By: Spencer McBreairty, 2014 USM Alum
Dr. Glenn Cummings:
I graduated from USM in 2014. What makes my experience unique is that when I entered USM in the Fall of 2009, as a resident of Dickey-Wood Hall in Gorham, the institution appeared to be thriving. Gorham was an active campus, Dickey-Wood was full and students were happy.
By 2011, the institution I loved had changed drastically. Changes in administration, largely the removal of President Botman, had done little to stop the major concerns at USM, namely budget shortfalls. In the Spring of 2014, shortly before I graduated, I served as Clerk of the USM Student Government Association. This was the session of SGA that voted no confidence in President Kalikow due to her aggressive faculty changes and overall mismanagement of the institution. I also participated in protests and was actively engaged in demanding change.
At the same time, I was a Resident Assistant, member of Greek Life, Student Conduct Committee member, and wrote for The Free Press. I did these things, as well as the others, because I loved USM – deeply. To this day, just four short years later, I remember USM fondly and speak of it often. It shaped who I am as a young professional and I will always feel a debt – not just financial – is owed to USM for all it gave me.
When I read in the news today that you are promoting a name change, my first reaction was a feeling of intense disappointment. Your tenure as President of USM has been a bright spot for the community. You were not the first person hired from the search, but it turns out you were the right one. Your changes and support of USM has been astounding and the institution seems to be thriving again – for the first time in a decade.
A change in name is not as simple as rearranging or adding a word. It signifies a rejection of the current identity. It throws aside the history associated with that name and it undermines the work so many – including myself – have done in a fight to make the institution better for those who follow.
Promoting the Portland region is wonderful – in fact Portland offers much to the USM community. But Portland is not USM and USM is not Portland. USM does not exist without Gorham and LAC, which are vital to the past and future of our school. Adding Portland diminishes the role of Gorham and LAC in making this a true University of Southern Maine. It is not UMPI, it is not UMF and it is not UMA. It is a university for all of Southern Maine. Through three campuses and a wide variety of online offerings, USM provides an entire region of a struggling state with a world class education.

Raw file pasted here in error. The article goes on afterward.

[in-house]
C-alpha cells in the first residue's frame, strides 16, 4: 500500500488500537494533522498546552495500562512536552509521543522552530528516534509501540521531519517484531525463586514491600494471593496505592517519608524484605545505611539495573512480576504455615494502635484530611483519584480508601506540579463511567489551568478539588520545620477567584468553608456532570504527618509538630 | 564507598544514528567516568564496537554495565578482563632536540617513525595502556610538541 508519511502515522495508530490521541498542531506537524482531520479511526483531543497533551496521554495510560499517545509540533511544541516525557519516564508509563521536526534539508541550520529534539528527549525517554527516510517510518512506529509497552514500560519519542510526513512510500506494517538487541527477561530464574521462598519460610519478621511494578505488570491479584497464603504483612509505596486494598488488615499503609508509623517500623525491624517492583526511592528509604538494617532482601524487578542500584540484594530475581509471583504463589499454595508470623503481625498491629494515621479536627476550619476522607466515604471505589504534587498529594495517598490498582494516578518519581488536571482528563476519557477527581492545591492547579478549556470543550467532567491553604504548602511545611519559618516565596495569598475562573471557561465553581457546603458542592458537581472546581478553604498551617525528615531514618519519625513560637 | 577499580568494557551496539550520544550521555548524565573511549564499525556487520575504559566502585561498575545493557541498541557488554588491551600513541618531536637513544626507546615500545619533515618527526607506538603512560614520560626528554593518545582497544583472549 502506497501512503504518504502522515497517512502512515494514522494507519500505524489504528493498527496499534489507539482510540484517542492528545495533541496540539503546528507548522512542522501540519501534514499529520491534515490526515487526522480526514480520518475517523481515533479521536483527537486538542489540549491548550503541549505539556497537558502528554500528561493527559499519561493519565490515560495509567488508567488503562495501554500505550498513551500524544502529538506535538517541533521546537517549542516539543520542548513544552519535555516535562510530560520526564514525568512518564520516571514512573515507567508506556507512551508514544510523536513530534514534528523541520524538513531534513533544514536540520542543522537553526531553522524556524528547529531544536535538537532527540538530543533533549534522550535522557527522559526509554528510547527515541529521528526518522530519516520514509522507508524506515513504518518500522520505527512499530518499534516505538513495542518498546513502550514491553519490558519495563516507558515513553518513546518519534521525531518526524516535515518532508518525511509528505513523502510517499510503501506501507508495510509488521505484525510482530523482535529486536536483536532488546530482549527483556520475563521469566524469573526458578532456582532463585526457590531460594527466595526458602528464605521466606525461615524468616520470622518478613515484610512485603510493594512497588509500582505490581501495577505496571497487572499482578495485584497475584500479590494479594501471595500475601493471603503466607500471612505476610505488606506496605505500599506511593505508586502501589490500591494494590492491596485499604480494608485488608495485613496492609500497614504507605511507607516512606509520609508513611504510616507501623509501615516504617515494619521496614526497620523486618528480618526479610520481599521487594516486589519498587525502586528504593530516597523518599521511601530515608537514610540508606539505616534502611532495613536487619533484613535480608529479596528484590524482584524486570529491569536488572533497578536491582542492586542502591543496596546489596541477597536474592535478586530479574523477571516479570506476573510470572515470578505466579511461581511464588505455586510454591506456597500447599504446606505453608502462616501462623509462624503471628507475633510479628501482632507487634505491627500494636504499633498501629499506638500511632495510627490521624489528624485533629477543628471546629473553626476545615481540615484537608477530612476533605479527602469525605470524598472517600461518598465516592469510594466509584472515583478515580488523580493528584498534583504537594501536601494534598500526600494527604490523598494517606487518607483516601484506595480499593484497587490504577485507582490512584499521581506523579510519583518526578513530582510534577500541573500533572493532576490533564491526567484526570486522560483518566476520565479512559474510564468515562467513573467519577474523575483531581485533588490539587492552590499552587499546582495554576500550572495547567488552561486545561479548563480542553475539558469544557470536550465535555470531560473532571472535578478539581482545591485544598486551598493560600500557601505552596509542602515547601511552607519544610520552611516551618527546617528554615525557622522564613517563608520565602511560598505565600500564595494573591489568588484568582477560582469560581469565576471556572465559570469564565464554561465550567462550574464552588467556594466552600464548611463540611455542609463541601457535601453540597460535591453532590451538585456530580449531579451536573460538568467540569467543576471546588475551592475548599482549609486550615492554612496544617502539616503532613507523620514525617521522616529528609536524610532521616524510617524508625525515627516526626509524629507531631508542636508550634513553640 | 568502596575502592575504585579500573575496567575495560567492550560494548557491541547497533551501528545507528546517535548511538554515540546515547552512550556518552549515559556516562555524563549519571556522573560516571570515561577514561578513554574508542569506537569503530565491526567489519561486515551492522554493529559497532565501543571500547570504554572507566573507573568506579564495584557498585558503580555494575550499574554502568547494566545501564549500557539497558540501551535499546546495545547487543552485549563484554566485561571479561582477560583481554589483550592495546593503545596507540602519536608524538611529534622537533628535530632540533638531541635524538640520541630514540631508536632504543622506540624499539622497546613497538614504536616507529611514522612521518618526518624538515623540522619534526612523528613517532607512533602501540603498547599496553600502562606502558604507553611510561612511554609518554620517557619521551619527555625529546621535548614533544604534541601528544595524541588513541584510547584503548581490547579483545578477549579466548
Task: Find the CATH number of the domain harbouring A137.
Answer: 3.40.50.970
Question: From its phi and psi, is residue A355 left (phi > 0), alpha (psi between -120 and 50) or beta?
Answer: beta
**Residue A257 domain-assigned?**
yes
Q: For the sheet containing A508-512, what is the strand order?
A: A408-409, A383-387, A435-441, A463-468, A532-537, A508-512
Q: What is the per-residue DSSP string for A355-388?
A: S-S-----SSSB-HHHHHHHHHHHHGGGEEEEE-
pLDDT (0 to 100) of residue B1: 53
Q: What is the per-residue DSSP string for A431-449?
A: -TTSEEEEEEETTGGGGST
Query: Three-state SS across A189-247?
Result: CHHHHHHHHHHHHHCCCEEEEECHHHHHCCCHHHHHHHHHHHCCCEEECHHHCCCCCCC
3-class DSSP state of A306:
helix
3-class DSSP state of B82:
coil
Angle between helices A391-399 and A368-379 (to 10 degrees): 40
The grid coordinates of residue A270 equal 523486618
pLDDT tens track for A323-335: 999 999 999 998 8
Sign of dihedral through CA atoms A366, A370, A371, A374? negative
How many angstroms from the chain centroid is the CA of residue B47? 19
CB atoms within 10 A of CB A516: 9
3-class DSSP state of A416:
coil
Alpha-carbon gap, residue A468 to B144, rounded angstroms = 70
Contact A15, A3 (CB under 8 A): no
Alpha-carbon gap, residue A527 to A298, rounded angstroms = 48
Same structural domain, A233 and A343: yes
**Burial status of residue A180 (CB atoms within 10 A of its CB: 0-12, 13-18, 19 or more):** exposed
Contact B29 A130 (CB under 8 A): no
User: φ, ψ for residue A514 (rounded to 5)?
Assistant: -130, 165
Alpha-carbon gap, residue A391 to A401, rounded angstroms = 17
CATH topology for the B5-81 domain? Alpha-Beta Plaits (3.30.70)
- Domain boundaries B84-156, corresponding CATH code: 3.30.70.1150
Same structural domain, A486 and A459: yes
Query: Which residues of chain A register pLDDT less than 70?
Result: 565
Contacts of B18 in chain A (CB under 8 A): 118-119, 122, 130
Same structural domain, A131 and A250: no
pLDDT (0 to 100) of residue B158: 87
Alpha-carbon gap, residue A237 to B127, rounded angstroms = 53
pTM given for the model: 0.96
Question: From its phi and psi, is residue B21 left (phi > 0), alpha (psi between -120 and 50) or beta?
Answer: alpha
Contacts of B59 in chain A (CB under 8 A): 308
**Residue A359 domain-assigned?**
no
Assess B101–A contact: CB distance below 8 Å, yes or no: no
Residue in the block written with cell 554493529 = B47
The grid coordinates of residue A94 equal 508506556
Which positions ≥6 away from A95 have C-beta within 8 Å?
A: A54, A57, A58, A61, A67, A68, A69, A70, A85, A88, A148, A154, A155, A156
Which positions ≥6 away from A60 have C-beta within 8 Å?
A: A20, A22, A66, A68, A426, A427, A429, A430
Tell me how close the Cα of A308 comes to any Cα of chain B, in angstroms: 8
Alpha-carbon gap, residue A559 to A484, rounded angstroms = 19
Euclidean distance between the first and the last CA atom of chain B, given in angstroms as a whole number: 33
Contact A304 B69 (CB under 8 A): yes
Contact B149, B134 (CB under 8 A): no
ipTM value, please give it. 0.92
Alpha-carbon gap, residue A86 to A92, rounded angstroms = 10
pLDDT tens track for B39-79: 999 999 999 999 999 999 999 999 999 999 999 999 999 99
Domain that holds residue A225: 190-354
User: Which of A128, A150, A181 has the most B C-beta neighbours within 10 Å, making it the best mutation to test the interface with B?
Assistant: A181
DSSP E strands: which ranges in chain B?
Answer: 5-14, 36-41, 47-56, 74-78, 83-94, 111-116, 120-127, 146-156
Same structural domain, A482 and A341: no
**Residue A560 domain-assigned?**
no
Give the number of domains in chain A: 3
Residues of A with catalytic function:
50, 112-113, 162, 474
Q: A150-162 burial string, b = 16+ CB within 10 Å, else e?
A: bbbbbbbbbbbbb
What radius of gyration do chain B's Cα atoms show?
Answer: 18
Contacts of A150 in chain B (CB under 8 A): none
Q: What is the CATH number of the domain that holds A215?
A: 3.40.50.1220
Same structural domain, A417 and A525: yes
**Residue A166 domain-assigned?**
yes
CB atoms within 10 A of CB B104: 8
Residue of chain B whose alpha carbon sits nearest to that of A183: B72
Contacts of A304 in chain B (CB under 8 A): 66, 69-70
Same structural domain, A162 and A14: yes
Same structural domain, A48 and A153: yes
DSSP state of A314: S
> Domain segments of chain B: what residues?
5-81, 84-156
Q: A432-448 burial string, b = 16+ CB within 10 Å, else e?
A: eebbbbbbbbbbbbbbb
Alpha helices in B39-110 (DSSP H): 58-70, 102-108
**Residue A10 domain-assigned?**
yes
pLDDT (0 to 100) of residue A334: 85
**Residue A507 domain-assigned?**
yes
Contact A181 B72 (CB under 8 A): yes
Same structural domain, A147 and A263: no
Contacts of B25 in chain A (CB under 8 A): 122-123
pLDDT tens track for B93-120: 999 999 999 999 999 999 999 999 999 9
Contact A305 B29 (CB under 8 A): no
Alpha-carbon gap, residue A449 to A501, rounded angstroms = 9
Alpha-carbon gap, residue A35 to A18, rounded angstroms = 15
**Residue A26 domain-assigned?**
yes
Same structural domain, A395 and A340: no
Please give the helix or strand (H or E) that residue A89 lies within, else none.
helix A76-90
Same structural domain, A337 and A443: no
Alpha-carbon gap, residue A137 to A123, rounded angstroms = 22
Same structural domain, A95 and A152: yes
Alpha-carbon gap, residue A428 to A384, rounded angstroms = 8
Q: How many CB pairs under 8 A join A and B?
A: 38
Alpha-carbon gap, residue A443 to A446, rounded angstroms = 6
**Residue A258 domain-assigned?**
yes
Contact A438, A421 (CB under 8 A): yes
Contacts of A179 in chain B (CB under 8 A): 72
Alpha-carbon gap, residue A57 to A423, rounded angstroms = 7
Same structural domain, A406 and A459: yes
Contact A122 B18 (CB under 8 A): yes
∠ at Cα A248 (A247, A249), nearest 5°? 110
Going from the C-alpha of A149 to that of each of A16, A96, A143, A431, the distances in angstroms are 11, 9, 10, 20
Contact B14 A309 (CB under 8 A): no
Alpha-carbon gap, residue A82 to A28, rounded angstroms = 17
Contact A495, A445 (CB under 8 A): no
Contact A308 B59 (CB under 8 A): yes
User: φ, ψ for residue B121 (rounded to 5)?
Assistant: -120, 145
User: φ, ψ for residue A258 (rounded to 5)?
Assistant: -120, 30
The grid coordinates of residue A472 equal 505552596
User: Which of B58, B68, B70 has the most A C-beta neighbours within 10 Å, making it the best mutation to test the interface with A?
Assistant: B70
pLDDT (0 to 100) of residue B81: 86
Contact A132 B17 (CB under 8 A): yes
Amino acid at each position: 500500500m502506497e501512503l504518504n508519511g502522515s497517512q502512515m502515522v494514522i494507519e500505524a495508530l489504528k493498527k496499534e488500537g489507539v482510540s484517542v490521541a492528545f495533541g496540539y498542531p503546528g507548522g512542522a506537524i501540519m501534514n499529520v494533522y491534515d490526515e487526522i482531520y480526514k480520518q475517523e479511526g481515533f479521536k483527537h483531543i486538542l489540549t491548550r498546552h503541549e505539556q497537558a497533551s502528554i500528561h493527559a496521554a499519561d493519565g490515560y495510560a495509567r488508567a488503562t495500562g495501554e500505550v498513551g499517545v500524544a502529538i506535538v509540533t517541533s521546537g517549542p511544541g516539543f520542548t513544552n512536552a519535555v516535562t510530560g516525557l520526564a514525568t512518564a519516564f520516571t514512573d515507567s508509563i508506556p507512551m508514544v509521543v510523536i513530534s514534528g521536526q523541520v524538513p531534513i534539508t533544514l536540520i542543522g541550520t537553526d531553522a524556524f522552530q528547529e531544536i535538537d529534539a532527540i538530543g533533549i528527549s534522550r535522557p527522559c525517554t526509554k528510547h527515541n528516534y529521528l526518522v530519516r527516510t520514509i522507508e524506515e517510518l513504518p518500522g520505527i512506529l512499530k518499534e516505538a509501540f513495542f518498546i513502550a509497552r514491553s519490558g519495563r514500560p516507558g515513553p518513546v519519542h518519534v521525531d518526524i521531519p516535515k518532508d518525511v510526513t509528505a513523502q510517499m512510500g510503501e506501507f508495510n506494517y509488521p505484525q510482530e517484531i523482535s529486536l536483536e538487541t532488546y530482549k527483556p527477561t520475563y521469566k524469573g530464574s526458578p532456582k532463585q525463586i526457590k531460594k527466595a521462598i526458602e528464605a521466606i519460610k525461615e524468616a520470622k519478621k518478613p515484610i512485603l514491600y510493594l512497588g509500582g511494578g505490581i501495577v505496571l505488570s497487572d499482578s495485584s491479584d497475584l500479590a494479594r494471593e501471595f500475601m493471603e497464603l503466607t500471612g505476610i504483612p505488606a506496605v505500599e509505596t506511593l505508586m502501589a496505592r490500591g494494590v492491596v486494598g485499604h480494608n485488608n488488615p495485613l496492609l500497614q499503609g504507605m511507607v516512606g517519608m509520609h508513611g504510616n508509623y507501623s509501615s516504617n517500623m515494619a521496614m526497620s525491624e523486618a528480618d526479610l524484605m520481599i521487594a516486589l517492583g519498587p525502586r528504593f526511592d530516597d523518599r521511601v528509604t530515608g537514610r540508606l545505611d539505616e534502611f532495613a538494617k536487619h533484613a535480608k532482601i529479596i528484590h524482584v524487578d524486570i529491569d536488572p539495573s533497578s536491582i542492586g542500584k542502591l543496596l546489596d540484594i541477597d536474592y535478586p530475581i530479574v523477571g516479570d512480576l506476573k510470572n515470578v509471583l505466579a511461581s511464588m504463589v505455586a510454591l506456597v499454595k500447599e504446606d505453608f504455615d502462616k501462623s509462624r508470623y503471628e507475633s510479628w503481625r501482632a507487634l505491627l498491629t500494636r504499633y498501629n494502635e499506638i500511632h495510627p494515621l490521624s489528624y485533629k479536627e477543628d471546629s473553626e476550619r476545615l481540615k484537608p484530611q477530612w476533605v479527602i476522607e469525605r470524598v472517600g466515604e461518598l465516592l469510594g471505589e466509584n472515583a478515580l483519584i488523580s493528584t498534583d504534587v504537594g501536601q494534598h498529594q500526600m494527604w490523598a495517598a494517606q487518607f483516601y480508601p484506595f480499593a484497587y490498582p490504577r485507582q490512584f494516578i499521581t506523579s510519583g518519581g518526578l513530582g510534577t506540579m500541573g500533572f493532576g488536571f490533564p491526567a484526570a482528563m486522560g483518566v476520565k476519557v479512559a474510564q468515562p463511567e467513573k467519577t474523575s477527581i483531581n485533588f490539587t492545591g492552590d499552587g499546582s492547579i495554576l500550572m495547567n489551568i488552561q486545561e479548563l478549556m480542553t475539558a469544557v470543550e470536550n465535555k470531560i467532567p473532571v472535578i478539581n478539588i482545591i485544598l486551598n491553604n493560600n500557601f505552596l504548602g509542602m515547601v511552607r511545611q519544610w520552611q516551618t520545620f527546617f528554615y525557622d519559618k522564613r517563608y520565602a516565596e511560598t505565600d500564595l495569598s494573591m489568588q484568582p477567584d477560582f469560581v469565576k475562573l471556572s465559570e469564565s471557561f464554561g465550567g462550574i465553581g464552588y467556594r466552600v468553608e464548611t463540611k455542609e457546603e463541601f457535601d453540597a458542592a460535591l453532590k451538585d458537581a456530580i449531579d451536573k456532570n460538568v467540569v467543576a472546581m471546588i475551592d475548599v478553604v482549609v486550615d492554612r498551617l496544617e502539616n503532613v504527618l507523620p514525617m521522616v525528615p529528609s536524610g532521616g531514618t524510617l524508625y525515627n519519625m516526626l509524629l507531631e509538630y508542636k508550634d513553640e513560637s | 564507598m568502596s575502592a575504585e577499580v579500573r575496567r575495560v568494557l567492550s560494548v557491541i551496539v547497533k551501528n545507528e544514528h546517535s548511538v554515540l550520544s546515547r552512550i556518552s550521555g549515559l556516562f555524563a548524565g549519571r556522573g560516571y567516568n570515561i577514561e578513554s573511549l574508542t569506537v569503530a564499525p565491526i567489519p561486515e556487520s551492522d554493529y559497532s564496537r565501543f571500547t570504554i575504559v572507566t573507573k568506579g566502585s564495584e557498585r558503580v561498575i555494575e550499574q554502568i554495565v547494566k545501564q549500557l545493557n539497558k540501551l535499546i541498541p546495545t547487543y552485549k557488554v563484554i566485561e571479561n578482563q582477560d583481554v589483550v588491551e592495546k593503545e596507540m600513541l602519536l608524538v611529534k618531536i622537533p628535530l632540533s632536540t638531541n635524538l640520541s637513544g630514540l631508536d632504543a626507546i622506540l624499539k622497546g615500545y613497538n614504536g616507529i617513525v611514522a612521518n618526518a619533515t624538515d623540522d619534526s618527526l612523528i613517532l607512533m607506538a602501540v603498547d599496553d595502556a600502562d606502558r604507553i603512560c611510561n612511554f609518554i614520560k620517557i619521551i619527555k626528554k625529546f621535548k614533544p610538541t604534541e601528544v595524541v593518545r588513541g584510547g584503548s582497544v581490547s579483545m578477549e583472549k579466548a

I do not expect you to read this email, but if you somehow happen upon it, I wanted you to know that many of my peers have already utilized social media to reject this plan. It is, to me, offensive. If the goal is to help prospective students know the location of USM better, I’d argue that “University of Maine” is awfully vague and yet it does not harm their numbers. Schools like Husson and Thomas, although private, succeed despite any reference to their geographic location.
Students are not so uninformed in this day of technology that they cannot simply see that USM is located near Portland. Most students today do tremendous research on the areas their potential colleges are in. If anything, promoting Portland more on the USM website could achieve your aims, as students frequently visit their prospective school sites. You can utilize social media accounts to promote events and connections with Portland, such as the new Husky Line. All of this can be done and more, without upsetting tens of thousands of alumni and spending unknown numbers to re-brand.
When I visit the campuses of USM now as an alum, both Portland and Gorham where I spent my time, I reflect on my years there: my freshman residence hall that is now closed, my meals in Brooks, events in Woodbury, SGA meetings in Bailey and Payson Smith and classes in Luther Bonney to name a few. I cannot redo my college years, but I can advocate for better experiences for those Huskies who come after me.
I strongly urge you to suspend your support for a name change and to instead focus on real solutions to making USM an even better institution. I will continue to love and support USM and kindly ask you not to erase the institution that has given me everything I have.